Short answer – Yes.
Long answer – It’s not really what I would consider “exercise,” but then again, as I’ve demonstrated over time, when you’re pregnant, everything takes on a new meaning!
Here’s the deal. I became pregnant in March 2011. Prior to being pregnant, I had done a very good job of core conditioning through a mix of activities, but the ace in the hole was my consistent CoreBlast FitDeck routine. Every evening, Tim and I would plop down in front of the tv and do a 20 minute FitDeck session. We both agreed that over time, it had a very positive impact on our back health, flexibility and overall core strength.
When I became pregnant, I continued doing my CoreBlast FitDeck routine through the first trimester. Over time, it was apparent that I needed to scale back on certain exercises (No more lying on my stomach or back. No more twisting or torquing). At around 16 weeks, I stopped doing FitDeck altogether. This was also partly driven by fear. I was afraid of doing too many exercises that would result in diastasis recti (tearing/separation of the abdominal muscles) or prohibit blood flow to the baby (any activity that involves lying on your back).
Mid-summer, I switched my focus to outdoor activities including running, cycling, swimming and hiking. The weather was beautiful and I really enjoyed listening to my body as it changed every single day during my aerobic workouts.
Then one day my back started to hurt. I’d been worried about this. My back is where I carry my stress and as you know, I had already packed on 20 pounds about halfway through my pregnancy. I was carrying a lot of extra weight and I was no longer doing any proactive core activities. Of course my back was bound to act up.
When I interviewed Becky Lavelle [link here http://www.skirtsports.com/blog/post.cfm/athlete-belly-tales-the-story-of-becky-lavelle], pro triathlete, she expressed concern that a year after having her baby, her core and back were still not as strong as pre-baby.
I realized that I needed to seek some advice from a prenatal “core specialist.” I called my new friend and founder of MomBod Fitness, Celeste Goodson. I told her about my journey, describing how I got nervous about working my core, so I just stopped altogether. Her immediate advice, “If you do nothing else, you need to do Ab Sets.” Celeste explained that when women get to the middle of the second trimester, they need to be more careful about forcefully doing crunches and twisting exercises which put stress on connective tissue and making separation worse. That’s the time to switch to stabilization and strengthening exercises.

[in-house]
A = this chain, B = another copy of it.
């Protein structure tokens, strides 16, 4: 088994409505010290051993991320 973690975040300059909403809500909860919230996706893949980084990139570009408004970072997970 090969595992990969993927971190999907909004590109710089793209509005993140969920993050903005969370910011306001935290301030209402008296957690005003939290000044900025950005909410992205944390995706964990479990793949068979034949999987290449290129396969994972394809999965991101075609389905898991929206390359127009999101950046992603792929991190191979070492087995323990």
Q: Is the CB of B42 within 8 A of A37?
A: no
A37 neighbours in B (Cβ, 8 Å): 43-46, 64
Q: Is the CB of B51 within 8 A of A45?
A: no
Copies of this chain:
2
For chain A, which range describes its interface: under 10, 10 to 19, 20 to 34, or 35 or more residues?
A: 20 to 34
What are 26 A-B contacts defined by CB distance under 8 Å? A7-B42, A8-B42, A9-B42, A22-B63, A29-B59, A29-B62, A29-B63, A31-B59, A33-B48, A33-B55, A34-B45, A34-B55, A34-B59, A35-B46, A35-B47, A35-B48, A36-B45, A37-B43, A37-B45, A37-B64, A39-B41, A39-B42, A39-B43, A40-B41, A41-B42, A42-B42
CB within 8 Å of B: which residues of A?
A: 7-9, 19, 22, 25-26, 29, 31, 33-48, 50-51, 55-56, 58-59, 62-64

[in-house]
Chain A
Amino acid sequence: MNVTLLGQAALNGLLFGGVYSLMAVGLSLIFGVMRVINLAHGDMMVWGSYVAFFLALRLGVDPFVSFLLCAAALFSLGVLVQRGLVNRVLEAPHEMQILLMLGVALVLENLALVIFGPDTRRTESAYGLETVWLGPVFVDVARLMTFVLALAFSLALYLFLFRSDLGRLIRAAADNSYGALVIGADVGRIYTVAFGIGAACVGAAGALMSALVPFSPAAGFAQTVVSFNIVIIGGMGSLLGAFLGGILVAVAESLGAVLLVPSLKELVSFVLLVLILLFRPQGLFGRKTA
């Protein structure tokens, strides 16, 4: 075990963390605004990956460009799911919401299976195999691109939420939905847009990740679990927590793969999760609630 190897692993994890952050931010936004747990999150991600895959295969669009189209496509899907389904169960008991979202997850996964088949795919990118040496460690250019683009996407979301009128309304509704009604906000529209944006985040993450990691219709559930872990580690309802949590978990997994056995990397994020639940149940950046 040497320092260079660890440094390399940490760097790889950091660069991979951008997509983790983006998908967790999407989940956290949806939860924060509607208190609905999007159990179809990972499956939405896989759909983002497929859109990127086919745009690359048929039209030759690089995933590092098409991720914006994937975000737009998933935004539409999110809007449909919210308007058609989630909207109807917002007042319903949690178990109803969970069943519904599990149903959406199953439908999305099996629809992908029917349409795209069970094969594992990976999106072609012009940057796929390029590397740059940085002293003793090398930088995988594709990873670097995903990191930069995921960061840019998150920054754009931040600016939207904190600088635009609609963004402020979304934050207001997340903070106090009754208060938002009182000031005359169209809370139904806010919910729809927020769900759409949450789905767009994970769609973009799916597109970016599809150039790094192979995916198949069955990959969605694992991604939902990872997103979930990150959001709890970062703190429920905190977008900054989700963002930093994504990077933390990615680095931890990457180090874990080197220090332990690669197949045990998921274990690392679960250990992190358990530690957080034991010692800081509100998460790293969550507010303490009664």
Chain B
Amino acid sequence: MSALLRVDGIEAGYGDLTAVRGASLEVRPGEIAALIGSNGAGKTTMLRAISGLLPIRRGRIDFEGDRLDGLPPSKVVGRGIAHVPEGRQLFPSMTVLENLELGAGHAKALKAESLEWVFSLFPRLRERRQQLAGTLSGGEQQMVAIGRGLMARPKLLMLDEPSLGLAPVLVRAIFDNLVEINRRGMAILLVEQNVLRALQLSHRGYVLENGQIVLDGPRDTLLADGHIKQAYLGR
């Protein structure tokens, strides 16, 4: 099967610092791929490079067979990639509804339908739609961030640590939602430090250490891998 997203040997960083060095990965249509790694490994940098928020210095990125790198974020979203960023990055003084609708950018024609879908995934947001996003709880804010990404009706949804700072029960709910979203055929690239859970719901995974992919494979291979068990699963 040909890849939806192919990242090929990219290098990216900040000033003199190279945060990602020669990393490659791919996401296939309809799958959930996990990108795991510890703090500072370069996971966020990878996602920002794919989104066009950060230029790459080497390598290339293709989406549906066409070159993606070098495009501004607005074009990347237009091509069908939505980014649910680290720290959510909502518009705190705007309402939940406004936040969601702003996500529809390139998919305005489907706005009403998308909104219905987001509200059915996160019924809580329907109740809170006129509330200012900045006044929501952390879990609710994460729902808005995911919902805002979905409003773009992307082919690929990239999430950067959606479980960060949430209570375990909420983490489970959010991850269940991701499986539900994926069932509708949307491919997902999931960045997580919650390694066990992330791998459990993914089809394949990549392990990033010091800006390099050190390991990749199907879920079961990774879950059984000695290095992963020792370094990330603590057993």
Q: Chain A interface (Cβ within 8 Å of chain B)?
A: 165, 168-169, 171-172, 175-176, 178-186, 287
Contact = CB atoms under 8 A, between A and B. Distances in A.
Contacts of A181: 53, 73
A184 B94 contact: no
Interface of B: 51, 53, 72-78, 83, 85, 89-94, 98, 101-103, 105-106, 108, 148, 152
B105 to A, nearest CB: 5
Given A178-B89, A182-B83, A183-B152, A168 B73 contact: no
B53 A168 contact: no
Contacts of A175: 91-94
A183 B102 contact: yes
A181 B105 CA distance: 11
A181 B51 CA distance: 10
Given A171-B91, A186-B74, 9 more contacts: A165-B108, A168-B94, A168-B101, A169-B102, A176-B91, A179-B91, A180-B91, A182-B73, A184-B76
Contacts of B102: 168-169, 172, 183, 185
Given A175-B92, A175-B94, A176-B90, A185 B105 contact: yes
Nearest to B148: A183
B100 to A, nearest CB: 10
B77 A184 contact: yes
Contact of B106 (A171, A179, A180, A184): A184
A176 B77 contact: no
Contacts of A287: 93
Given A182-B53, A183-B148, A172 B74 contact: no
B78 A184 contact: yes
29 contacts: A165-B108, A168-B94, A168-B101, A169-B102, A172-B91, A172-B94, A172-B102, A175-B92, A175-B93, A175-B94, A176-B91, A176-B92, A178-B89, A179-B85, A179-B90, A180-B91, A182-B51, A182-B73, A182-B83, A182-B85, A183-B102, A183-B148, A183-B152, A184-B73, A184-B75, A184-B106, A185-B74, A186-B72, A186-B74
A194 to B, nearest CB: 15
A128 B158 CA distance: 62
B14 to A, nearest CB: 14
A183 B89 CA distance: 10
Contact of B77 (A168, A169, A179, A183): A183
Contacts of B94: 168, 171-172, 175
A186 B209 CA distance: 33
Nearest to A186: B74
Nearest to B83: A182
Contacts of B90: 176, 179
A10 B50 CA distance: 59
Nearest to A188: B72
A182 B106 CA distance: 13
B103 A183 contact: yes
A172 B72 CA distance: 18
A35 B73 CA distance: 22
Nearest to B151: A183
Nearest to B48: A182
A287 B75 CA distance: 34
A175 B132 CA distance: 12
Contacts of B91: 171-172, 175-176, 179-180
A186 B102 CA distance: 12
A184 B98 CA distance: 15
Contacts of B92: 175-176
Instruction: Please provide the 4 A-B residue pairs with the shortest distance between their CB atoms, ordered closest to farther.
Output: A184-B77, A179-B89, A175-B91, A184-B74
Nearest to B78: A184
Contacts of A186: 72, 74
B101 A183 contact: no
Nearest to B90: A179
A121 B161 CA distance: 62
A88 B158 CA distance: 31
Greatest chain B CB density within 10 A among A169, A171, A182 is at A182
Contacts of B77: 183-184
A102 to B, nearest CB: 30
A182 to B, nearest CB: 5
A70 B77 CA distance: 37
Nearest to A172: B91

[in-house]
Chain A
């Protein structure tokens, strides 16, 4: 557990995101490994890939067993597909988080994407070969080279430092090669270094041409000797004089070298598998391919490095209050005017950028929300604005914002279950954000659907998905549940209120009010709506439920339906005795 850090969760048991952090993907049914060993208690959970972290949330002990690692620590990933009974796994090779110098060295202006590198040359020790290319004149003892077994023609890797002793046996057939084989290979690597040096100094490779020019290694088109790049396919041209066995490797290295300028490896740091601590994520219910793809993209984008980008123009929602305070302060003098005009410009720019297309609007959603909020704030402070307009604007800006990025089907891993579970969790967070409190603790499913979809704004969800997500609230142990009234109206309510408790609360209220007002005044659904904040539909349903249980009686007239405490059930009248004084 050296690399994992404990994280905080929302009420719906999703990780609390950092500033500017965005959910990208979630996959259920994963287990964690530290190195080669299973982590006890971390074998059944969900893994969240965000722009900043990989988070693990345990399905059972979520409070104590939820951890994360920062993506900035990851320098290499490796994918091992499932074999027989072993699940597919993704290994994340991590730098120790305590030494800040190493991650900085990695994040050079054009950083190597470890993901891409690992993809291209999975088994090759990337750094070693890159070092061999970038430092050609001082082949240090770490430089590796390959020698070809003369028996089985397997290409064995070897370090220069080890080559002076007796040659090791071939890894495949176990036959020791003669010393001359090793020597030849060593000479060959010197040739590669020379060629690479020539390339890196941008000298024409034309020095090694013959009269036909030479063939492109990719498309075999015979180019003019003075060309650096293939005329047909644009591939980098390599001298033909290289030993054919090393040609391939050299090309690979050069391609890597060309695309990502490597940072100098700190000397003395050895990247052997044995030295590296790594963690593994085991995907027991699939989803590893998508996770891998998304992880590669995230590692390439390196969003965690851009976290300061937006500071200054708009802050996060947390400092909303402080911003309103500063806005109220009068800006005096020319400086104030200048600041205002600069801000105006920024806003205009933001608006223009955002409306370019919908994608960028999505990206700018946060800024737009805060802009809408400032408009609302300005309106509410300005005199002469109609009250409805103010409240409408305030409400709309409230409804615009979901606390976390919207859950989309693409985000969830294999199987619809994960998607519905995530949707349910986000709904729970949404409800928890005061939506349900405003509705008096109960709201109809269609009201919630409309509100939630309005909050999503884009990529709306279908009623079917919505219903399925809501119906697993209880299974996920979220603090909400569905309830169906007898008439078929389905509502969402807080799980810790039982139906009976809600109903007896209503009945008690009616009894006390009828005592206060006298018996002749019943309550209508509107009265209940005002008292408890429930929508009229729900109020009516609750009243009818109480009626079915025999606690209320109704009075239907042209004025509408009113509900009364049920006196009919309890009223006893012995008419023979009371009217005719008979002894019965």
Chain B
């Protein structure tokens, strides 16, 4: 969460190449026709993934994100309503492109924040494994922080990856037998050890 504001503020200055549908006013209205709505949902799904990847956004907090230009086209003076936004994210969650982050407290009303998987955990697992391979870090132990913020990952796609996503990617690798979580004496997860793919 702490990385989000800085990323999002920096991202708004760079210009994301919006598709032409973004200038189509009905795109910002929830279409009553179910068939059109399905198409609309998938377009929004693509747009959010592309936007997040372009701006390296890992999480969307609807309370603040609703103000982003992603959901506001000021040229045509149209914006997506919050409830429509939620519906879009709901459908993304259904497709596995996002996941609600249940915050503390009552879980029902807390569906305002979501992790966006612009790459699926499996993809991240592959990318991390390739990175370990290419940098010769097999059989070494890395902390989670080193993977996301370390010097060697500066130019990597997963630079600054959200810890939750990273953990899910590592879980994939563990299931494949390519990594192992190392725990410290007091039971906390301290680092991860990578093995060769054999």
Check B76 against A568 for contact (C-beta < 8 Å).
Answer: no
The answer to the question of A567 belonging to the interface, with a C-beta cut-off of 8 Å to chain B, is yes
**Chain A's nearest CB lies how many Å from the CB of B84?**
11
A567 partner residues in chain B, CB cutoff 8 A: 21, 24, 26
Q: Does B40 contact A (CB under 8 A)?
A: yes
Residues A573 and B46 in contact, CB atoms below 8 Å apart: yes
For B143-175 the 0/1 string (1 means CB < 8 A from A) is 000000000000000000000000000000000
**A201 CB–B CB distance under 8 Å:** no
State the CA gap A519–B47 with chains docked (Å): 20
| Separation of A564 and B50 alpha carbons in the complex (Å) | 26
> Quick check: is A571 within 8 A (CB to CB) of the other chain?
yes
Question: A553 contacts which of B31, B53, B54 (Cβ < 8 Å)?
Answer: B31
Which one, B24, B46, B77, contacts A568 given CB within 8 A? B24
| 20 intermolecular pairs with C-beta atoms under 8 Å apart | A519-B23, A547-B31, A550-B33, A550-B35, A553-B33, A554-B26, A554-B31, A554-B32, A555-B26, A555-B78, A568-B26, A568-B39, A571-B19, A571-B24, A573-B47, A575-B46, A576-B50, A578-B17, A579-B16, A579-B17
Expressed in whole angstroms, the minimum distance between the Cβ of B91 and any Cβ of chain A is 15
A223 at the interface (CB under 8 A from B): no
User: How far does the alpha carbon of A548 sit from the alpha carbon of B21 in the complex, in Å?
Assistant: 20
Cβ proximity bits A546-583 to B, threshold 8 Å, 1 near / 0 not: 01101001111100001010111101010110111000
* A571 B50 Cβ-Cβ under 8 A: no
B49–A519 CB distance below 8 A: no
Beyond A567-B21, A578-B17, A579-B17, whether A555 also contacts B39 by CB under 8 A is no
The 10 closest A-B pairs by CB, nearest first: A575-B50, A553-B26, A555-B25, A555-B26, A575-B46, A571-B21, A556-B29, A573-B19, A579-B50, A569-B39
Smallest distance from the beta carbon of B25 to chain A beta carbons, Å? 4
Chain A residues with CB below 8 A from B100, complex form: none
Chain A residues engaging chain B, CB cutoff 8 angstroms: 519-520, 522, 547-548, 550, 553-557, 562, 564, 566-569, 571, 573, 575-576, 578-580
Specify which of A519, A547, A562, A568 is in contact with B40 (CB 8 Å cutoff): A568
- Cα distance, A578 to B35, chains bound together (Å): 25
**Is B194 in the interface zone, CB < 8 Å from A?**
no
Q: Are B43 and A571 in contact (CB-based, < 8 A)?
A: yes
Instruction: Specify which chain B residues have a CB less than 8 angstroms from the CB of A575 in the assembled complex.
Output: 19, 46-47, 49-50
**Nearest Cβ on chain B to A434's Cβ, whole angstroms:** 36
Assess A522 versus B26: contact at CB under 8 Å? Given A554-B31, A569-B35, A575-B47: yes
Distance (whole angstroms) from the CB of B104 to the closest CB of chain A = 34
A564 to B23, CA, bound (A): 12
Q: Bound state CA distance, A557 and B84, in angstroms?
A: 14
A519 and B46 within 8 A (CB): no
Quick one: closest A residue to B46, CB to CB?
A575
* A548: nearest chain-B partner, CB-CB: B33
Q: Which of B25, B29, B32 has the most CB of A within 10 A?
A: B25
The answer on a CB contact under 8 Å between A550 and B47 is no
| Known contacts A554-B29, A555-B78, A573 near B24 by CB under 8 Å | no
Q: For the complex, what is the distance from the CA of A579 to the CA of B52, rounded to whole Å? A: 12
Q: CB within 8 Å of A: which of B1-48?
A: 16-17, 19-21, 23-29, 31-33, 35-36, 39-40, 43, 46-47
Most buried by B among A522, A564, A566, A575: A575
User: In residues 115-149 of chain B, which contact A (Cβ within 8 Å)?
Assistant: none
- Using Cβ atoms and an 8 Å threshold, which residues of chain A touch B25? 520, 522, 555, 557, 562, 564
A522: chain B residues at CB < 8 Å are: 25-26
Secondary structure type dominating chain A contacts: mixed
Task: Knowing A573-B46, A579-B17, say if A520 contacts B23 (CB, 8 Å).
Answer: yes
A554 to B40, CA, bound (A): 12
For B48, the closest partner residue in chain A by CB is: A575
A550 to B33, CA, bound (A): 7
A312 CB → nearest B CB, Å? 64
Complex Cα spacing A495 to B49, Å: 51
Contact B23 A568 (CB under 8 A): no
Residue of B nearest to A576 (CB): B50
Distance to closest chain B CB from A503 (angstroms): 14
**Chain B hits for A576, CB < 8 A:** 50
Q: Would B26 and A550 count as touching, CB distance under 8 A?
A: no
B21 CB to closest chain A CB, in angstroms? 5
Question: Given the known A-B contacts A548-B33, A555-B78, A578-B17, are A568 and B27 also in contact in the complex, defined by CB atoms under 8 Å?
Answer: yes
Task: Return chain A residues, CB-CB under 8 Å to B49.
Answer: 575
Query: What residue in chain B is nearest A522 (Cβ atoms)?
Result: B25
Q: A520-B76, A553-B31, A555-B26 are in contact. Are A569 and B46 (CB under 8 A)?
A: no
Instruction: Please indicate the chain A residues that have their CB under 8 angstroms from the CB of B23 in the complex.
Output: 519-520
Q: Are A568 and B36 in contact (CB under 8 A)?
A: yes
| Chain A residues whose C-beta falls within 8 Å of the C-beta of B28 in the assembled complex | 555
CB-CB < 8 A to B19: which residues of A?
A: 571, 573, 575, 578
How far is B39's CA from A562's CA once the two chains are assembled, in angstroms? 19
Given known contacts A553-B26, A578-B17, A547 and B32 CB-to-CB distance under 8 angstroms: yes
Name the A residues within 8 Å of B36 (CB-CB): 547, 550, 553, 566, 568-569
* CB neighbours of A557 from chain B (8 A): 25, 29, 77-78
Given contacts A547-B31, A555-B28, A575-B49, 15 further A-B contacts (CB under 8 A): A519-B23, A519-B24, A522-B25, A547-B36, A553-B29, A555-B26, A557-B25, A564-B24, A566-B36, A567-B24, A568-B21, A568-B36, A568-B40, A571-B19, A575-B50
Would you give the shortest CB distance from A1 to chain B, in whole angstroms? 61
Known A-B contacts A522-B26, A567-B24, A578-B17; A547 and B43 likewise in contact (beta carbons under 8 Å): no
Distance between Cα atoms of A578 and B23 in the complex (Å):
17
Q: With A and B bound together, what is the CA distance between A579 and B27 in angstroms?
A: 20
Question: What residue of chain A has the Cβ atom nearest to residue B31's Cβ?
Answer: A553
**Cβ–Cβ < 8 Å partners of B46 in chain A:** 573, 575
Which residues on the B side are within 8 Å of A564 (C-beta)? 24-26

I said, “What the heck are Ab Sets?” Ab Sets combine breathing and muscle control to engage the transverse abdominal muscles. Breathing is the foundation for everything, especially during delivery. Proper breathing helps you relax, stay strong and teaches you to flex the ab muscles to assist with pushing. The last thing you want to do is hold your breath and bear down during delivery. If you’re like me and haven’t yet done a birthing class, you can learn some breathing techniques through doing Ab Sets. Check out Celeste’s videos on youtube for proper technique.
While pregnant, these can be done while sitting, standing or laying on your side. You should always have good posture, a natural curve in back and breath correctly. It takes practice, but will become easier within a week. The cool thing? Our good friend, Mr. Kegel, can also been done simultaneously. We love multitasking!
I asked her, “What else am I missing?” She said Squatting is the second best activity to do. Squatting! Oooh! Real strength work. Sounds good! But this blog post has gotten so long that I’ll wait until next time to talk about Squatting – sorry!
In the meantime, I think the most important thing to remember is that while safe prenatal exercises seem a little – well, lame, for lack of a better word! – I think it’s important to remember that being pregnant is temporary. There will be a day when I will be smashing my core to pieces, but for now, I need to embrace the fact that breathing is, in itself, an exercise worth doing!
In the end, it’s all about the bigger picture. And it’s only six weeks away!